Factory profit decline slows -【AGV, Logistic, Air Cargo, Supply Chain, Warehouse, ERP system, Logistic Management, Chinese Market】
By ZHOU LANXU | China Daily | Updated: 2020-05-28 09:12
Employees work at a steel plant in Dalian, Liaoning province. [Photo by WANG YANG/FOR CHINA DAILY]
Effective bailouts, rebound in sales and production resumptions bolster sentiment
Profits at industrial firms declined at a slower pace in April as production and sales rebounded amid the nationwide restoration of economic activities, the National Bureau of Statistics said on Wednesday.
Analysts said the nation's newly-announced policy package to bail out businesses will help sustain the revival in industrial profits, with sectors related to the economic upgrade set to outperform.
The fall in profits of major industrial firms in China narrowed for the second consecutive month and stood at 4.3 percent on a yearly basis in April, substantially recovering from the 34.9 percent plunge a month earlier.
Total industrial profits in the first four months of the year stood at 1.26 trillion yuan ($176 billion), down more than a quarter from a year earlier, according to the NBS.
Zhu Hong, a senior NBS statistician, said production and sales accelerated last month as the nation's economic order further normalized from the COVID-19 disruption, leading to a drastic improvement in corporate earnings.
Revenue of industrial firms increased by 5.1 percent on a yearly basis last month, versus an 11.1-percent drop in March, while the year-on-year change in industrial production also turned positive, according to the NBS.
Higher investment returns in April as well as a low comparison base last year also contributed to the improvement, said Zhu.
Despite the recovery, Zhu said there are risks facing industrial firms. "Market demand has not recovered completely, the drop in industrial goods prices has sustained, and cost pressure is still heavy."
Zhu urged putting in place policy measures to help enterprises stay afloat through the economic fallout of the pandemic while continuing the epidemic containment measures.
Chinese officials have stressed that ensuring the stable development of businesses will be the key to securing the priorities of employment and people's livelihood, with the Government Work Report having announced a policy package to support businesses, especially small, micro and medium-sized ones.
The package included further cuts in taxes and fees, reduction of electricity and broadband prices, and ramping up of financial assistance such as postponing the deadline of redeeming loans, among other measures.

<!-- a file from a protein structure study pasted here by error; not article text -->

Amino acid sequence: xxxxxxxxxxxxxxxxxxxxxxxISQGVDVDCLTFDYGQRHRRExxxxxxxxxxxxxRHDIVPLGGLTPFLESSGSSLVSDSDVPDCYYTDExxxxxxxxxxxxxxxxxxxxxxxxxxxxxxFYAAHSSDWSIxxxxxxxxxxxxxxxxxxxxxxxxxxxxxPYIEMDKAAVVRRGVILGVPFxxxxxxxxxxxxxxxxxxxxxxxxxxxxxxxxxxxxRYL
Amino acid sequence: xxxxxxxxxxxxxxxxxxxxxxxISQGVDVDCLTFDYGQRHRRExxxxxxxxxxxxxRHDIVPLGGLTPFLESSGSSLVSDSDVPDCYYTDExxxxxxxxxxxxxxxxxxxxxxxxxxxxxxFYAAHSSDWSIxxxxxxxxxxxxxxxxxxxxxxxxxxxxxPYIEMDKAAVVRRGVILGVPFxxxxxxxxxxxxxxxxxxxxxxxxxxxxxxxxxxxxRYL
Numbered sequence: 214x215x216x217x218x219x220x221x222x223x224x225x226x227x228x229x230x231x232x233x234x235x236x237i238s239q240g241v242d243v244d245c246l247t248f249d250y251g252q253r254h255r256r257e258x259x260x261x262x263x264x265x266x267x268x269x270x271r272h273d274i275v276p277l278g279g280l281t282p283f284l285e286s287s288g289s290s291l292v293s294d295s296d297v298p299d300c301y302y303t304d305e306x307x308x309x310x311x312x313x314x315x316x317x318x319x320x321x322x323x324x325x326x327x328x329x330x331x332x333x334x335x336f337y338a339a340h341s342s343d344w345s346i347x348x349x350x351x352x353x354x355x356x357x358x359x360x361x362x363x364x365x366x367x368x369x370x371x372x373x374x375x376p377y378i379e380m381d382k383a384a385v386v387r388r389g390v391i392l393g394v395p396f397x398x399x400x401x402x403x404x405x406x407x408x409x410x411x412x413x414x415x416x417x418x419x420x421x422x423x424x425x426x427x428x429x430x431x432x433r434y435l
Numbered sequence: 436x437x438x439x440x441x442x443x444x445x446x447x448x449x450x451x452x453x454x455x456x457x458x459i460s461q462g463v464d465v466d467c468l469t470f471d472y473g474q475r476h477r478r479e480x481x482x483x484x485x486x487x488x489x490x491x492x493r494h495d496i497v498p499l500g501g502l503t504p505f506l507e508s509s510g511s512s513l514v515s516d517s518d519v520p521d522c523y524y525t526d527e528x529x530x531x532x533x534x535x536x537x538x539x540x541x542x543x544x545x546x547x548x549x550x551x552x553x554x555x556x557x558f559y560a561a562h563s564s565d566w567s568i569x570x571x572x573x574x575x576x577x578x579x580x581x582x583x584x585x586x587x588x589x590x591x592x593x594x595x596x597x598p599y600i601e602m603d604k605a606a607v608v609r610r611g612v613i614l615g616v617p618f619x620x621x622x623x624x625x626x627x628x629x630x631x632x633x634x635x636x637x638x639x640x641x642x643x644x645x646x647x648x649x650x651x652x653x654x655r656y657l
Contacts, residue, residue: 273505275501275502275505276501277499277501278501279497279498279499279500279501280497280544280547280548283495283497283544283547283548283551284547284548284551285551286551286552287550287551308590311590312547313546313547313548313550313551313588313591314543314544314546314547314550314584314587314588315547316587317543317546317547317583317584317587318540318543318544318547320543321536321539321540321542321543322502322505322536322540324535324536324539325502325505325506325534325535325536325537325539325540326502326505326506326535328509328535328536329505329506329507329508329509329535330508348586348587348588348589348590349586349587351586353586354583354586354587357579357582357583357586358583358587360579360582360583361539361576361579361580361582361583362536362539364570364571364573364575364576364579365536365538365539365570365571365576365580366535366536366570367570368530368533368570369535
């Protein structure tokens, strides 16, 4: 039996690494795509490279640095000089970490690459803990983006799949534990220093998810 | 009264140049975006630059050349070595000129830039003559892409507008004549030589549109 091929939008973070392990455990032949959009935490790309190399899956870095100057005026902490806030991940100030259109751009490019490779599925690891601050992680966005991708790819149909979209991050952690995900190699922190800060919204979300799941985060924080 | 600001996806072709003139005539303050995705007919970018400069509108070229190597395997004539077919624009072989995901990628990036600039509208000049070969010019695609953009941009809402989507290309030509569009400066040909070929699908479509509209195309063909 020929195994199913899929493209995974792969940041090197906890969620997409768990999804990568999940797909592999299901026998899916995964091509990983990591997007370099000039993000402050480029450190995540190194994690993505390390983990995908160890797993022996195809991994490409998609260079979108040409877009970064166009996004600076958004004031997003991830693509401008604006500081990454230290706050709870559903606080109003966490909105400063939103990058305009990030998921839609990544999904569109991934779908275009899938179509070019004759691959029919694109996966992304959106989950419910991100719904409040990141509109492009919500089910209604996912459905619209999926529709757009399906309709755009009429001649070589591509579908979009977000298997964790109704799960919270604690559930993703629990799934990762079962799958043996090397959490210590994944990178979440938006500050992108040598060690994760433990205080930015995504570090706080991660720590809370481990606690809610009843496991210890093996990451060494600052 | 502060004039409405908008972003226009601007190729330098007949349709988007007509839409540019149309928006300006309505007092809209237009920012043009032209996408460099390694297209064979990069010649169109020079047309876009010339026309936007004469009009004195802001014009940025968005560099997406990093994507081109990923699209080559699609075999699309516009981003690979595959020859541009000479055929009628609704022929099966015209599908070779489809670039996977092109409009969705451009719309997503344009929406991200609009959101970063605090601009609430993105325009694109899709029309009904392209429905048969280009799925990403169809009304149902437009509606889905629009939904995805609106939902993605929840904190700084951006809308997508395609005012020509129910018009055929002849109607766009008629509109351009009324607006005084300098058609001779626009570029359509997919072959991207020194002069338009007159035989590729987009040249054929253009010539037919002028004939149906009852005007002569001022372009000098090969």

"The package, with all-round and pinpointed measures, will become a solid support for most of the quality enterprises to get through the difficulties," said Yang Chengzhang, a national political adviser and chief economist with Shenwan Hongyuan Securities.
With the implementation of supportive policies, the industrial economy is expected to continue recovering, said Yang Weiyong, an associate professor of economics with the University of International Business and Economics in Beijing.
Sectors like nondurable consumer goods, electronics and communications are likely to lead the pickup, as market demand for these sectors is resilient amid economic upgrading, said Yang.
According to the NBS, profits in the high-tech manufacturing sector rose by 55.7 percent last month, versus a 0.5-percent gain in March. Automobiles, special-purpose equipment, electric machinery and electronics were also among the sectors that saw the biggest recovery in April.
Profits of the automobile industry rose 29.5 percent year-on-year, rebounding from the 80.4-percent slump in March, indicating that the policies to boost demand for autos are taking effect.
Despite the improving conditions for the industrial sector backed by supportive policies and economic upgrading, the year-on-year change in industrial profits may remain negative in the coming months, said Wu Chaoming, chief economist with Chasing Securities.
The uncertainties in the restoration of overseas economic activities could cause head winds to the recovery in global demand and industrial goods prices, which could especially put pressure on up-stream industrial firms, said Wu.